In response to concerns surrounding COVID-19, Japan Society’s offices are closed until further notice.
During this time staff will have intermittent access to communications, and will continue to process memberships and respond to messages as quickly as possible. Tax receipts will be sent via email until we are able to return to the office, and the mailing of membership cards is currently on hold. We appreciate your patience and understanding at this time. Thank you for your support.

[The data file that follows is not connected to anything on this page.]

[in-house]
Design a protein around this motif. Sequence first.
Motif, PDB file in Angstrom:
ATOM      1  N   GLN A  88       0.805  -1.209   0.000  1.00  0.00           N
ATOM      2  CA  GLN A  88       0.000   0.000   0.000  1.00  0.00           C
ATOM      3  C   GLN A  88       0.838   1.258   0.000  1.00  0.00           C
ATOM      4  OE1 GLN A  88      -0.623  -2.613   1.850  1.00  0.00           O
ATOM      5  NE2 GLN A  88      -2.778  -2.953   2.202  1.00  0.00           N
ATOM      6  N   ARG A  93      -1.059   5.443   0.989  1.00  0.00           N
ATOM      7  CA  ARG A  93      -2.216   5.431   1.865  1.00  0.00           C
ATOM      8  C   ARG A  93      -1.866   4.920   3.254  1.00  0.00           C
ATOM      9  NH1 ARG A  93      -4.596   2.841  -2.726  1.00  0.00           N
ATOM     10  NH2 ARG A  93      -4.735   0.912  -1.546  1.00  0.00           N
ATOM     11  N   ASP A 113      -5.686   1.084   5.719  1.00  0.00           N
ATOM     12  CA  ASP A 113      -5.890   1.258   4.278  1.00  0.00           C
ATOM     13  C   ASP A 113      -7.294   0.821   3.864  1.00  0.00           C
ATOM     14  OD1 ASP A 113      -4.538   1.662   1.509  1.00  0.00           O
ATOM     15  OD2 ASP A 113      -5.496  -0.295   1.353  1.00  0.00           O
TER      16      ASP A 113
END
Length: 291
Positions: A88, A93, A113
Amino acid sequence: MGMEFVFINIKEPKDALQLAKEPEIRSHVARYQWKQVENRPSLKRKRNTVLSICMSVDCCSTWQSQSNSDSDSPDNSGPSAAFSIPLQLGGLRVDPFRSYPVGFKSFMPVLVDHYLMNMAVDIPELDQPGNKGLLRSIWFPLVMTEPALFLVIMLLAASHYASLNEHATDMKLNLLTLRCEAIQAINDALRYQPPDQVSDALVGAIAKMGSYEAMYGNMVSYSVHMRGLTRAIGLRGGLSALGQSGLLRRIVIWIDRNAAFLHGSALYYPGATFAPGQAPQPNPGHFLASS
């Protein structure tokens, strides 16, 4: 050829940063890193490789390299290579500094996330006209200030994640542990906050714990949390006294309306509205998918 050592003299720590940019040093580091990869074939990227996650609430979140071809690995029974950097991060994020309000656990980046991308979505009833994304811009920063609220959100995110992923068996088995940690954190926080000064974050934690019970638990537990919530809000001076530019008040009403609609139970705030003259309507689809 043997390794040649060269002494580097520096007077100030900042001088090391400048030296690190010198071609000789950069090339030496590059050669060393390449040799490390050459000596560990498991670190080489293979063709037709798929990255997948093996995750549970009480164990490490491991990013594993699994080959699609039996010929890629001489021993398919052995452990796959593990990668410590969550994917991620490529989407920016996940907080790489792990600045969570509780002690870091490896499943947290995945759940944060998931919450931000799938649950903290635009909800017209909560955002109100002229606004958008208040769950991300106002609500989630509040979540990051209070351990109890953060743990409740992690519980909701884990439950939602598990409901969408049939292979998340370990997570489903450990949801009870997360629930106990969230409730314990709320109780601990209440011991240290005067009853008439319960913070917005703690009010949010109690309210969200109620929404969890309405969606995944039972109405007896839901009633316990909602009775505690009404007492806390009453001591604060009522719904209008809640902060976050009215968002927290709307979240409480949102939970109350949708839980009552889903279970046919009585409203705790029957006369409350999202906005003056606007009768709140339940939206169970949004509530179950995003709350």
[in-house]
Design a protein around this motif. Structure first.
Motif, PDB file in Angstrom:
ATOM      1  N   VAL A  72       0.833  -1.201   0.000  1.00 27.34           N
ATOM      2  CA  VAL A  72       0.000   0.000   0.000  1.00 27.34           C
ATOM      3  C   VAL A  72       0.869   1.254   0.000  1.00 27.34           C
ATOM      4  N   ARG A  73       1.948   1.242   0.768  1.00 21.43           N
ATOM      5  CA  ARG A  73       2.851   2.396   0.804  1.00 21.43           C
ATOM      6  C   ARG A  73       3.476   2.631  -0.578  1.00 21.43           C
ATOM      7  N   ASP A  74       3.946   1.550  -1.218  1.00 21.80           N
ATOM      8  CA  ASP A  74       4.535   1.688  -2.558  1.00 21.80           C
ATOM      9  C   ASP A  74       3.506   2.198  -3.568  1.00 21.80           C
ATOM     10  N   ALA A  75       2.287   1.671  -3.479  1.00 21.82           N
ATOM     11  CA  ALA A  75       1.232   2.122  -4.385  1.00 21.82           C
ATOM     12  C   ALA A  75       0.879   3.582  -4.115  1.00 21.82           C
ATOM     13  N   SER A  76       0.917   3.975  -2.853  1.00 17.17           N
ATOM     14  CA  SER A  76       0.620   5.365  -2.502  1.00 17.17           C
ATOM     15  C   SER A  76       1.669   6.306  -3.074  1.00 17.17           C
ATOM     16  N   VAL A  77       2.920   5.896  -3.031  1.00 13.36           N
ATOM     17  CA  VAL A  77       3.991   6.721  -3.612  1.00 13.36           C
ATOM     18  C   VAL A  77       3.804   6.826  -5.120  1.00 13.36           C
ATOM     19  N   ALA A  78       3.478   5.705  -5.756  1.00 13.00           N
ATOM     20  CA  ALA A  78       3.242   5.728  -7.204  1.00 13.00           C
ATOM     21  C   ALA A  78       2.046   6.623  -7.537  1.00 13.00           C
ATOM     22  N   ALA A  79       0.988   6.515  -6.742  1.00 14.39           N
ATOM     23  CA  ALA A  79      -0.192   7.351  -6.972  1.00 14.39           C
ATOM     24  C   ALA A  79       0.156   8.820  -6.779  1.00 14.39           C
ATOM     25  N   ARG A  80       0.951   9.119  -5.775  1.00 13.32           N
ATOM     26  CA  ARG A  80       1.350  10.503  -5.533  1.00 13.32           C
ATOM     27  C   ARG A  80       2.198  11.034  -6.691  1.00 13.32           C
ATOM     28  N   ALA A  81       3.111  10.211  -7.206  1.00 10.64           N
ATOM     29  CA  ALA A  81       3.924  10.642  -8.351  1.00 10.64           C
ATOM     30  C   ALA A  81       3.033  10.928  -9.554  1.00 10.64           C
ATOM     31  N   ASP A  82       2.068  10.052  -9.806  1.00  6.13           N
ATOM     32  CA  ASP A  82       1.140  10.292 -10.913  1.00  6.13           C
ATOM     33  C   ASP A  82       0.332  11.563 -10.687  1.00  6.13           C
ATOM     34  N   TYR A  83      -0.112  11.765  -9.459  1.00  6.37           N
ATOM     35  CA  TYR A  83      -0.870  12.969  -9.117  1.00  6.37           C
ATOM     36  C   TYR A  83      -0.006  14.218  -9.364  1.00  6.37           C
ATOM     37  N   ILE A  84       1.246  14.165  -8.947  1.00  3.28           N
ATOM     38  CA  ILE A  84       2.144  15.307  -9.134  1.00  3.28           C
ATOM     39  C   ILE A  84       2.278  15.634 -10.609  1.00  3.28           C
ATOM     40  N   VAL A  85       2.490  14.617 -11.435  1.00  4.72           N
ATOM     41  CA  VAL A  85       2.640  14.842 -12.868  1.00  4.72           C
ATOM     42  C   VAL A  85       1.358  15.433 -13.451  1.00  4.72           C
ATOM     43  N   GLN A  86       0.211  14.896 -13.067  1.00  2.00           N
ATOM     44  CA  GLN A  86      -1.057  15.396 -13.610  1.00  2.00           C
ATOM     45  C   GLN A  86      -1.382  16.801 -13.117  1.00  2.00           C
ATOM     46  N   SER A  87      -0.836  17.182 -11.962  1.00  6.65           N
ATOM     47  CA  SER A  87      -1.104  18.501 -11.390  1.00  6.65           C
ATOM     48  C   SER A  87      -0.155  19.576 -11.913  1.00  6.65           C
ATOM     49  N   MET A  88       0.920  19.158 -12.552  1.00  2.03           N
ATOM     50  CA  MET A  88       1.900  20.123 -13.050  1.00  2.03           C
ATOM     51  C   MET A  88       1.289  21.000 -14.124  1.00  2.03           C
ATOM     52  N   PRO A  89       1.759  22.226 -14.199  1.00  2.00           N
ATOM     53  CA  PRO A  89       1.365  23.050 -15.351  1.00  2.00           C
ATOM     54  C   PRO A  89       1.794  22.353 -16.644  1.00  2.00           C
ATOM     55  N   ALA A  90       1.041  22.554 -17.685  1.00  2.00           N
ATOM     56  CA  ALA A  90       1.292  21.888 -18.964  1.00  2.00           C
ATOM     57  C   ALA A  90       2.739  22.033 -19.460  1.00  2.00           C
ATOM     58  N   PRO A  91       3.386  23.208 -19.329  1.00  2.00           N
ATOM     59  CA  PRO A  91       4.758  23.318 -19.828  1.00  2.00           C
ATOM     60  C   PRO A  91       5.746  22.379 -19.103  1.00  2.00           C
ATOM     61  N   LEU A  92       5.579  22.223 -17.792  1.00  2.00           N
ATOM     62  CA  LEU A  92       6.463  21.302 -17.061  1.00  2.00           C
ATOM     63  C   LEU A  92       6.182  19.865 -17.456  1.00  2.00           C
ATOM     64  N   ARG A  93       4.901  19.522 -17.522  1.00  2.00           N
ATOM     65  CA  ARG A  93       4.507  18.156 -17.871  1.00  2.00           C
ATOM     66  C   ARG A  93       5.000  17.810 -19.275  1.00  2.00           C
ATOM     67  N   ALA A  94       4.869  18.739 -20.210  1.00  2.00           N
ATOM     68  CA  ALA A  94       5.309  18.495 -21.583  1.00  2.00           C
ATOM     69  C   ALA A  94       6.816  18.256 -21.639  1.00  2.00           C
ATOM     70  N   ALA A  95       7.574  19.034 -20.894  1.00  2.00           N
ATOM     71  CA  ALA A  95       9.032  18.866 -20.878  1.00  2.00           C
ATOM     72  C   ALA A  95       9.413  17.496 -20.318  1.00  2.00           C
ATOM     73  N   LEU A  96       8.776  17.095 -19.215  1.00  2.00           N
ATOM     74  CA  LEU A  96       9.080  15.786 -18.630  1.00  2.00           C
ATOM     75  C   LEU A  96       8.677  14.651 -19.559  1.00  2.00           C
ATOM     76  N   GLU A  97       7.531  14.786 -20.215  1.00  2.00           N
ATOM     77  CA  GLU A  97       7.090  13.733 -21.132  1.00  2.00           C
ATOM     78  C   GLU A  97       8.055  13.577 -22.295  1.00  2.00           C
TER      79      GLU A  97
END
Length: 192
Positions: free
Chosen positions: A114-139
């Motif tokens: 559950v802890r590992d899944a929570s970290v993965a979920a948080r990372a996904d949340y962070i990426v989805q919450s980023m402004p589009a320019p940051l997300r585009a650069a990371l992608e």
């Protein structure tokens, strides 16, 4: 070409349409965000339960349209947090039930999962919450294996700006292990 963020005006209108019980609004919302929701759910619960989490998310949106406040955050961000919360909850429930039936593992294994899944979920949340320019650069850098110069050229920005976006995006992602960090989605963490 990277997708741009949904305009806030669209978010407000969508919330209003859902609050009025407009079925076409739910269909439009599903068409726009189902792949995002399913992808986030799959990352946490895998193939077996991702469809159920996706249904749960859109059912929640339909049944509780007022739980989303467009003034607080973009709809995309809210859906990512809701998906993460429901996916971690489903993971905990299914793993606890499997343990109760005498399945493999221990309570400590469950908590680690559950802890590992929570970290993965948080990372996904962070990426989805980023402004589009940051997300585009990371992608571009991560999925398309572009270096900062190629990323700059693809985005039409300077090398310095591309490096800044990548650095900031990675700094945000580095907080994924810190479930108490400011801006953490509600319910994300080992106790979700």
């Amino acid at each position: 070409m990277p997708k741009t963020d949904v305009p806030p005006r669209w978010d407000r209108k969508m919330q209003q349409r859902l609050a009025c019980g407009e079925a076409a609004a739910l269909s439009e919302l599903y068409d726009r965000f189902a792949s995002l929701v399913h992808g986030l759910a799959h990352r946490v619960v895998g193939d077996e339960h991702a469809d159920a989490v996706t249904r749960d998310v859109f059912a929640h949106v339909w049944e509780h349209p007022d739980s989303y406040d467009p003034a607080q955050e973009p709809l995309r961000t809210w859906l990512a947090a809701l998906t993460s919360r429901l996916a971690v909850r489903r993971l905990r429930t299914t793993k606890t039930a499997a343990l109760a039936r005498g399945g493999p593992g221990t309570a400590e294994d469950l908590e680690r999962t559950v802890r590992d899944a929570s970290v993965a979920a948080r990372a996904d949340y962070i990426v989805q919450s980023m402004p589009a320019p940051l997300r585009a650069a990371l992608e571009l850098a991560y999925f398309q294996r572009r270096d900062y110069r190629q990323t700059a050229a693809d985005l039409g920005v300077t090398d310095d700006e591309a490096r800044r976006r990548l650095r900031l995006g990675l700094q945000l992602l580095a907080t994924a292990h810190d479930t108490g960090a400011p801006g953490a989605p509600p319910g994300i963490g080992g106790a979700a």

Tokyo, the transforming metropolis, has experienced a variety of social, economic and political shifts. The 1964 Summer Games, hosted by Tokyo, was the trigger to facilitate the rapid improvement of infrastructure. And the city is still changing—in advance of the 2020 Tokyo Summer Games. Following a period of strong economic growth up to the 1970s, Japan's bubble economy of the 1980s greatly reduced property values. In the new century, the population ratio shifted to elderly-dominant, and the 2011 Tohoku Earthquake critically altered the population's sense of values for living. In response to these significant changes, how does architecture embody the city's transition? What role has architecture played in developing Tokyo? With Japanese architectural firm Atelier Bow-Wow taking on a double role as curator and exhibition designer, this exhibition explores the development of socio-architectural facilities and compares landscapes with art and performance generated from Tokyo between the two seminal worldwide games, in 1964 and 2020.